Tag Archives: cooking

Best Cookbooks for New Cooks?

What’s best depends on what you want to do and learn. Do you want to know why a recipe works so that you can learn to improvise your own or do you just want dependable instructions for your favorite dishes?

sci of good cooking

If you want to know the “how and why”, The Science of Good Cooking by Cook’s Illustrated is an excellent choice and one of my favorites. There are 400 recipes and each describes not just what to do, but why doing it that way works best.

The 400 recipes are used to teach 50 basic concepts beginning with “Gentle heat prevents overcooking” to “Cocoa powder delivers big flavor”. In between you learn that salty marinades work best, fat makes eggs tender, how to “bloom” spices to increase their flavor, and why you should put vodka in your pie dough.

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Best Hot Chocolate Recipes?

It looks like a lot of the U.S. is in for some chilly weather on Sunday. Here’s just the thing to warm you up!

French Hot Chocolate


This one is thick and not very sweet. (I love it, my other taster who prefers sweeter hot chocolate thought it was too bitter without lots of whipped cream.)

1 4-oz. bar of bittersweet chocolate (not semi-sweet)
3/4 cup whole milk
1/4 cup heavy cream
1 teaspoon powdered sugar
whipped cream

Break up the chocolate bar into small pieces. Set aside.

Heat milk, heavy cream, and powdered sugar in a heavy saucepan over medium-high heat. When the milk mixture starts to bubble, remove it from the heat and whisk in chocolate pieces until they are melted and the drink is thick and smooth.

Pour into small cups (it’s very rich, you don’t need much) and top with whipped cream. Serves 2.

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Herbs to Grow for Cooking and Health?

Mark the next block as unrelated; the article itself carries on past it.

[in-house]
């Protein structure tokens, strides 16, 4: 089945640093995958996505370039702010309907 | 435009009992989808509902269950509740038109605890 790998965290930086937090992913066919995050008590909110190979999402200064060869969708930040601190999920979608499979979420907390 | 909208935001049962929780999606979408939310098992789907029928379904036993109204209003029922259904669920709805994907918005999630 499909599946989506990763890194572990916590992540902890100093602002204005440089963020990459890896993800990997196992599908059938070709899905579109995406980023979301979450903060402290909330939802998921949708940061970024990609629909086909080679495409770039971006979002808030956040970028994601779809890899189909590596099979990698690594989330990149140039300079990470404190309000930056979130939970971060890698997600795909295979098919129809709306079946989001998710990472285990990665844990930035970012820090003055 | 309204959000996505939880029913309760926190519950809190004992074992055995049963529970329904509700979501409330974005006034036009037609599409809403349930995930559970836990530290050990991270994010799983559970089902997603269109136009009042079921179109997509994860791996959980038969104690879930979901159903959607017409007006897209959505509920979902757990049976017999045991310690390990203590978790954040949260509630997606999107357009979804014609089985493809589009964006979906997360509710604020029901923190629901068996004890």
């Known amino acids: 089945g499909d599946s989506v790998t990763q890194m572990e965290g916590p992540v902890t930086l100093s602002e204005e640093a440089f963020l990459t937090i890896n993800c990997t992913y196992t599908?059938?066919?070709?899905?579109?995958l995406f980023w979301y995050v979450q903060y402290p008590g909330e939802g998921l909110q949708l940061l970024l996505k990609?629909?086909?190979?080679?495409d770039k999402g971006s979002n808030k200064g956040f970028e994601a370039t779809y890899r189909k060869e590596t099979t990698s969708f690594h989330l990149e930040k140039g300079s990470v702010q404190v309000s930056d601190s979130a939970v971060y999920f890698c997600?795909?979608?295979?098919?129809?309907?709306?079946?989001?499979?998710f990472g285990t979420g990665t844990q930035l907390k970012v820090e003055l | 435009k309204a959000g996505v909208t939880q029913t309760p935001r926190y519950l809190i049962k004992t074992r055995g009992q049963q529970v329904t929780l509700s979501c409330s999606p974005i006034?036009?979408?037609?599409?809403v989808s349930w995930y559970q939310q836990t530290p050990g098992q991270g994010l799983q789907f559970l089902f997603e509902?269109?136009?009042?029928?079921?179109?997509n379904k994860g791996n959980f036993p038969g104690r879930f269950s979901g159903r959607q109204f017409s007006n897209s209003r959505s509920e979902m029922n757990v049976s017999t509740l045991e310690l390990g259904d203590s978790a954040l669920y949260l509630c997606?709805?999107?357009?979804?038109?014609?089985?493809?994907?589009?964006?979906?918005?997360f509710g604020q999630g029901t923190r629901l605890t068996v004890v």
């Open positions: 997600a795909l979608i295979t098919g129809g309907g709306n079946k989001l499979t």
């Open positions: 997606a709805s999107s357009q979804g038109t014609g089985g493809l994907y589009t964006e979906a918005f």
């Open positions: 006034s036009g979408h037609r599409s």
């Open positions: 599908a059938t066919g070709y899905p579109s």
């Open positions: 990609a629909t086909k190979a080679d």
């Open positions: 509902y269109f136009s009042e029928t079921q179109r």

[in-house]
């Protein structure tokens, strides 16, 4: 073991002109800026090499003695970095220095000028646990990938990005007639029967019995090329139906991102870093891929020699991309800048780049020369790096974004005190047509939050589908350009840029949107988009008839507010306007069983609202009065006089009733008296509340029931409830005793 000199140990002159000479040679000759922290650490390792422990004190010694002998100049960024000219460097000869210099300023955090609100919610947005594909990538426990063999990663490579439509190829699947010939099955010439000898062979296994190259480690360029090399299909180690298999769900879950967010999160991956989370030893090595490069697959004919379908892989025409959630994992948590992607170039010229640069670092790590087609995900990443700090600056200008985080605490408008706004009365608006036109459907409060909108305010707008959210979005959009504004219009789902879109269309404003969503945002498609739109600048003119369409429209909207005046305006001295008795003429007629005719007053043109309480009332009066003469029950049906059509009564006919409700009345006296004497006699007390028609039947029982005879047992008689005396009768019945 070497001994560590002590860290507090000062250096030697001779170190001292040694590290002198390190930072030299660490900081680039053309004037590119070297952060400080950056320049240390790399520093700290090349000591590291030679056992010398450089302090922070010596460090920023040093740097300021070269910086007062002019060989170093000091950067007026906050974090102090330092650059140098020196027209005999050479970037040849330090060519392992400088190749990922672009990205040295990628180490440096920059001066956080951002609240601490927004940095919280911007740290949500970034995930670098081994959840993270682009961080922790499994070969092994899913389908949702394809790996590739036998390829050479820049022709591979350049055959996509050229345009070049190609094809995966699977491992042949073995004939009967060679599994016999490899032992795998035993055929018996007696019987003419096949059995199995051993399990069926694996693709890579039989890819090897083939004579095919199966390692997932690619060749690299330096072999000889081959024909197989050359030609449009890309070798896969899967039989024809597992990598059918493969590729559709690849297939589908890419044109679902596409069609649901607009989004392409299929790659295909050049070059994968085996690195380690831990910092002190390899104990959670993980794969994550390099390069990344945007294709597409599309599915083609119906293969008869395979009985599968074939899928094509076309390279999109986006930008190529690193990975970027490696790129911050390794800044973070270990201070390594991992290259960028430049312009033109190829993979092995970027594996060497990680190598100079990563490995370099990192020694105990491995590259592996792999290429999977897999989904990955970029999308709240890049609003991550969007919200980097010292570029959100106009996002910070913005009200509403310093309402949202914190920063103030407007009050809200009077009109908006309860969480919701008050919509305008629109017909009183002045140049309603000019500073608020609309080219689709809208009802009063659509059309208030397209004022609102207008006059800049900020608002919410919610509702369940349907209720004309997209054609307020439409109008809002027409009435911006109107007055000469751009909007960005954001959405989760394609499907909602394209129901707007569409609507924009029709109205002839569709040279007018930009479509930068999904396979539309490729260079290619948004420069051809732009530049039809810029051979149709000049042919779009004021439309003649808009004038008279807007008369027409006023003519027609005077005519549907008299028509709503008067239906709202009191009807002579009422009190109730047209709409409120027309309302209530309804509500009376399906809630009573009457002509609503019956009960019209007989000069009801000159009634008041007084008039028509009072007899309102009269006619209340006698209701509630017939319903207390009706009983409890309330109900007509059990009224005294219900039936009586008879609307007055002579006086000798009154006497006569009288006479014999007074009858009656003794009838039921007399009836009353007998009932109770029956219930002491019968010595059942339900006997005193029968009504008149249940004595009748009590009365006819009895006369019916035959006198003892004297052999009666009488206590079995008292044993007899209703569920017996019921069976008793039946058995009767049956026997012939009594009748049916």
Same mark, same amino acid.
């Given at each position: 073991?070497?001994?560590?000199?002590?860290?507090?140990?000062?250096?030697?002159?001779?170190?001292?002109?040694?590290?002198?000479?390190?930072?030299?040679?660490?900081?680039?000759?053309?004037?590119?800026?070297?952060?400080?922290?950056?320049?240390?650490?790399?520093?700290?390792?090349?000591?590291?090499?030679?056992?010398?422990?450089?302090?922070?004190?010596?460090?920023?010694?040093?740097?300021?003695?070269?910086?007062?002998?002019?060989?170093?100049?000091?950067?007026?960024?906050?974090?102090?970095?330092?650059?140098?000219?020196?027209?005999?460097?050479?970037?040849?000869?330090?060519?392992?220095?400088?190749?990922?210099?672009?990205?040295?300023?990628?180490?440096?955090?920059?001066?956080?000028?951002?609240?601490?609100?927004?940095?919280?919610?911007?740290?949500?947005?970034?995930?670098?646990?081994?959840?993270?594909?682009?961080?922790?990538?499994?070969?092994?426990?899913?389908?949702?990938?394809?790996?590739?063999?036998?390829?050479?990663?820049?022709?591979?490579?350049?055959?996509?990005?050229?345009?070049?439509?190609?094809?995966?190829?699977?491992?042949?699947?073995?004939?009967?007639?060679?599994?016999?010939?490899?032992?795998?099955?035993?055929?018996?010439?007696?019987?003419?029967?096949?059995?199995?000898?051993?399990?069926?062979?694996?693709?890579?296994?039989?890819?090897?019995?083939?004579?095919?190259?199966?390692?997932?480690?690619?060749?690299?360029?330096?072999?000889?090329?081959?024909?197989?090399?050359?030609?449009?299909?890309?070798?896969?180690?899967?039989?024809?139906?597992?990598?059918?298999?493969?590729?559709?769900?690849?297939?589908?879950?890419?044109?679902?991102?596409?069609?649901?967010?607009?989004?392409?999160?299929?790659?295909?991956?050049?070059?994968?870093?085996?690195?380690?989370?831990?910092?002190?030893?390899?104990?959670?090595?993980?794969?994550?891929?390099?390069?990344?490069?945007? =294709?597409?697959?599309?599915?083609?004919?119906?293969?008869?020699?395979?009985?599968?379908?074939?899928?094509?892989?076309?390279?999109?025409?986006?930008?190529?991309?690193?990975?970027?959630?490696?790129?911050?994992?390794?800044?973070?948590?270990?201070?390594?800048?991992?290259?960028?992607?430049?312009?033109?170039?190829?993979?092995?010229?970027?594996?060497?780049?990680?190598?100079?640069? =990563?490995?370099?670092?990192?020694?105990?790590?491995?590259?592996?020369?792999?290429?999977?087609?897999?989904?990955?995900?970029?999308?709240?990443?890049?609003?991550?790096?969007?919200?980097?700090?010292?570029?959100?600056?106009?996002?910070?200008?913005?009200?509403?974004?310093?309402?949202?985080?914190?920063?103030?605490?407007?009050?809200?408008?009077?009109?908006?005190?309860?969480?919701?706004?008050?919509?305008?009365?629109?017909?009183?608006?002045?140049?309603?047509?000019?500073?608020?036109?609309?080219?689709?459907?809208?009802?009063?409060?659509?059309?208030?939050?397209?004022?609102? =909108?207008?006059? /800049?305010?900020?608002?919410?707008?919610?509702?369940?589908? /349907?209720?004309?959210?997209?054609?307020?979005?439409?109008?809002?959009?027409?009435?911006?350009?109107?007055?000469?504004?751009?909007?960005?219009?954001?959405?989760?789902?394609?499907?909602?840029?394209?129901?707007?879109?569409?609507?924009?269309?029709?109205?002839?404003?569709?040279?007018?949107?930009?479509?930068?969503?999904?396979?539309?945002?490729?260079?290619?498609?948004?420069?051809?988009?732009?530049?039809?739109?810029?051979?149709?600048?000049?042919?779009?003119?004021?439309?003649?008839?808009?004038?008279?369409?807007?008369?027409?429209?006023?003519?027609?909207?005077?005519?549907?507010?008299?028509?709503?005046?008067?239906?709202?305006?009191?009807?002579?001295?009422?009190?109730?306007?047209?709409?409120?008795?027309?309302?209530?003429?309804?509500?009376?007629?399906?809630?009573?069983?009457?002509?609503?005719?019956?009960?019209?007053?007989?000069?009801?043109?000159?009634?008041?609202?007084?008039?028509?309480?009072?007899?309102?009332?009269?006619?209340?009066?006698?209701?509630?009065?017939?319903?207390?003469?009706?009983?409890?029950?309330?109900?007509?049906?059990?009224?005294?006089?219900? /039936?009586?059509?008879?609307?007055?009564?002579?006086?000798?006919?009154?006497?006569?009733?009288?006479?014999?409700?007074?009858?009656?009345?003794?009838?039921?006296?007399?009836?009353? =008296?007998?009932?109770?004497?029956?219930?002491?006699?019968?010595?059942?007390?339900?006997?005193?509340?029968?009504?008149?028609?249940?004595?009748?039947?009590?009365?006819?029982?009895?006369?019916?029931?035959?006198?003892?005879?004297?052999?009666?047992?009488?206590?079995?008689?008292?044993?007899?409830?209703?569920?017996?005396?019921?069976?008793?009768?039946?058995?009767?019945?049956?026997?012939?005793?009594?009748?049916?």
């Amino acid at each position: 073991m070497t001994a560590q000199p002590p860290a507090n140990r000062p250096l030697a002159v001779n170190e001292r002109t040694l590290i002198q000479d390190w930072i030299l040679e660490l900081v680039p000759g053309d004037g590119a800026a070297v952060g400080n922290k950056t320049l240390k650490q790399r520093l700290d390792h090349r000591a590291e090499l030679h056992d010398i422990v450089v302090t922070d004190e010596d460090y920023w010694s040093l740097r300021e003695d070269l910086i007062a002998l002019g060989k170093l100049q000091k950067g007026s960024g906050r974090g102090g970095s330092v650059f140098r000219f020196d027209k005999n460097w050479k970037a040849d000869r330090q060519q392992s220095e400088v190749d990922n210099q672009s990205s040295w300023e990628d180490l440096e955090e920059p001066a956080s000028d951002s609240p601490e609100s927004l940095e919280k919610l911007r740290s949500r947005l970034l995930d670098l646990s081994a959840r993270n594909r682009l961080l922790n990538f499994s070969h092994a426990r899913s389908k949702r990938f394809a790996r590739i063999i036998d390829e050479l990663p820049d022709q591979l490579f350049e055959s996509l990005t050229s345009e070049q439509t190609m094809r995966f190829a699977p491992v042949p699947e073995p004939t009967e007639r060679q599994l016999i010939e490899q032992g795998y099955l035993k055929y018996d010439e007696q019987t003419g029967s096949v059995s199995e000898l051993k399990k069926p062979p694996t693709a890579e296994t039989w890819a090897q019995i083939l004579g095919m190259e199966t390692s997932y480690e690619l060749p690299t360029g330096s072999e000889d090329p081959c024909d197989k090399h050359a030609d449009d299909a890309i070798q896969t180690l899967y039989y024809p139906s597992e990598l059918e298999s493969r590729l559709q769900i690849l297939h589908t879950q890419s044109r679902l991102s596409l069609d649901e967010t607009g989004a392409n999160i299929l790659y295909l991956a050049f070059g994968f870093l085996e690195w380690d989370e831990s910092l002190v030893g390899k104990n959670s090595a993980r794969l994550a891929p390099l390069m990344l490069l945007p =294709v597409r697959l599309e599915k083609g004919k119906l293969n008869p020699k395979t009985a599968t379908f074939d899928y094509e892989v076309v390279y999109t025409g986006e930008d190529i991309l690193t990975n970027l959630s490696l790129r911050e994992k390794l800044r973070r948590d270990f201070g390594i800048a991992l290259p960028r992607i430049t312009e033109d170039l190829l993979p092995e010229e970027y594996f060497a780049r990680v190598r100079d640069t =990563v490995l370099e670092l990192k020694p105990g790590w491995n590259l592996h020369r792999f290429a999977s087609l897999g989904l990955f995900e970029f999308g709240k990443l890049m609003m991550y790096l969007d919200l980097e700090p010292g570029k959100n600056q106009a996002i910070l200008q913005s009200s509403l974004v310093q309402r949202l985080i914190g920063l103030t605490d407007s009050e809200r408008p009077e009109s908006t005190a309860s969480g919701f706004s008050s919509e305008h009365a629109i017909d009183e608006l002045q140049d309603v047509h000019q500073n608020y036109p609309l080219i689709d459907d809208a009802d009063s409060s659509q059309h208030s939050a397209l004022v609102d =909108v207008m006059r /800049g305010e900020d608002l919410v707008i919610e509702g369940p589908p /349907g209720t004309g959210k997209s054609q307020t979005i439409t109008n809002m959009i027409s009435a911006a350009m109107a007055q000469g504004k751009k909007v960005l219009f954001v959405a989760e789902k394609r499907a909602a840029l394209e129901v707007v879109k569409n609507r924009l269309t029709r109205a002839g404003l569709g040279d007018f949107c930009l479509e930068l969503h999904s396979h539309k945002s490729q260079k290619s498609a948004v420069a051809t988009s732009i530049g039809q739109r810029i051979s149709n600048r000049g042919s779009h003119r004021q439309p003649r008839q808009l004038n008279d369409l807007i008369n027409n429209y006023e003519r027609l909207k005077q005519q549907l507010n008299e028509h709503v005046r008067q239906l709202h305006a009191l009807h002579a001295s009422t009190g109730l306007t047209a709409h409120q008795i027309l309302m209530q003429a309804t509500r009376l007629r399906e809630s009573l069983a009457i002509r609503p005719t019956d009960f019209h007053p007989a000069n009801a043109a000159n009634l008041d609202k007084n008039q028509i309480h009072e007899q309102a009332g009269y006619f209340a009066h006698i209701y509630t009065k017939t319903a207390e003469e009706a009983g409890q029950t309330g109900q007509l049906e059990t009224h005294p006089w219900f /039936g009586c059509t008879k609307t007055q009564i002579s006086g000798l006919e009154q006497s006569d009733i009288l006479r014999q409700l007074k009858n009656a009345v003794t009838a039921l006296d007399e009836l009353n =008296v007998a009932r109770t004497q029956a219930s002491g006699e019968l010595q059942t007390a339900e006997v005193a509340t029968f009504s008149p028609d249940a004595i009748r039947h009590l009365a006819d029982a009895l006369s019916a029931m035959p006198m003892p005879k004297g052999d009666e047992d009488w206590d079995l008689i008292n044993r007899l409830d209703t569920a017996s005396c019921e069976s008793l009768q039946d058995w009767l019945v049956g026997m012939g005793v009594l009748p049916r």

Here are herbs that you can use to liven up your cooking. Some people claim that they have health benefits too. Even if you don’t have a garden, you can grow herbs in a planter on a deck, patio or balcony. Some will even do well inside on your windowsill.

Health: It’s supposed to reduce flatulence and improve the appetite. (I have to admit, that warm, spicy flavor is appetizing!)
Cooking: Use to season soups, stews, and sauces.

Tomato Basil Soup
Salami, Oven-Roasted Tomato, Mozzarella, and Basil Omelette
Basil Pesto
Summer Chicken and Basil Stew

If you’re trying to grow your herbs in a small space – a planter or container garden – look for “Spicy Globe Basil”. It’s a more compact plant. Pick the leaves early, before it blooms, for the best flavor.

Health: They’re low in calories and high in Vitamin A, C, and K.
Cooking: They provide a light onion flavor. Chop them up and add to salads or scrambled eggs. Use as a garnish on potatoes or other vegetables.

Sauteed Chicken Breasts in Creamy Chive Sauce
Sour Cream and Chive Mashed Potatoes
Chrispy Herbed Shrimp with Chive Aioli

This is a grass-like perennial. You can grow it on your windowsill and just snip off some when you need it. Trim them back to soil level to keep fresh sprouts coming.

Health: It improves mood and sweetens your breath (which will improve the mood of those around you!) Traditionally, rosemary has symbolized remembrance and love. In Shakespeare’s play Hamlet, Ophelia says, “There’s rosemary, that’s for remembrance.” Perhaps because of this tradition, people believe that it will help improve memory.
Cooking: It compliments chicken, beef, pork, and fish. It also works well with some vegetables.

Garlic Rosemary Chicken
Olive Oil Braised Vegetables
Ginger Rosemary Lemon Drop Cocktails
Make rosemary infused oil. Wash some rosemary sprigs and pat dry with towels. Let them sit out and finish air drying for a day. Drop the sprigs into a bottle of olive oil. Let it sit in a cool dark place (a cabinet or the pantry) for at least several days. The longer it sits, the more intense the flavor. Use in sauteing or in salad dressings. If you need the flavored oil RIGHT NOW!, heat a cup of olive oil in a small saucepan over medium heat. Add a few sprigs of rosemary – around 5 or so. Heat for about five minutes. Remove from heat and let cool to room temperature. Transfer to a bottle or cruet. Keep refrigerated when not using. Keeps about a month.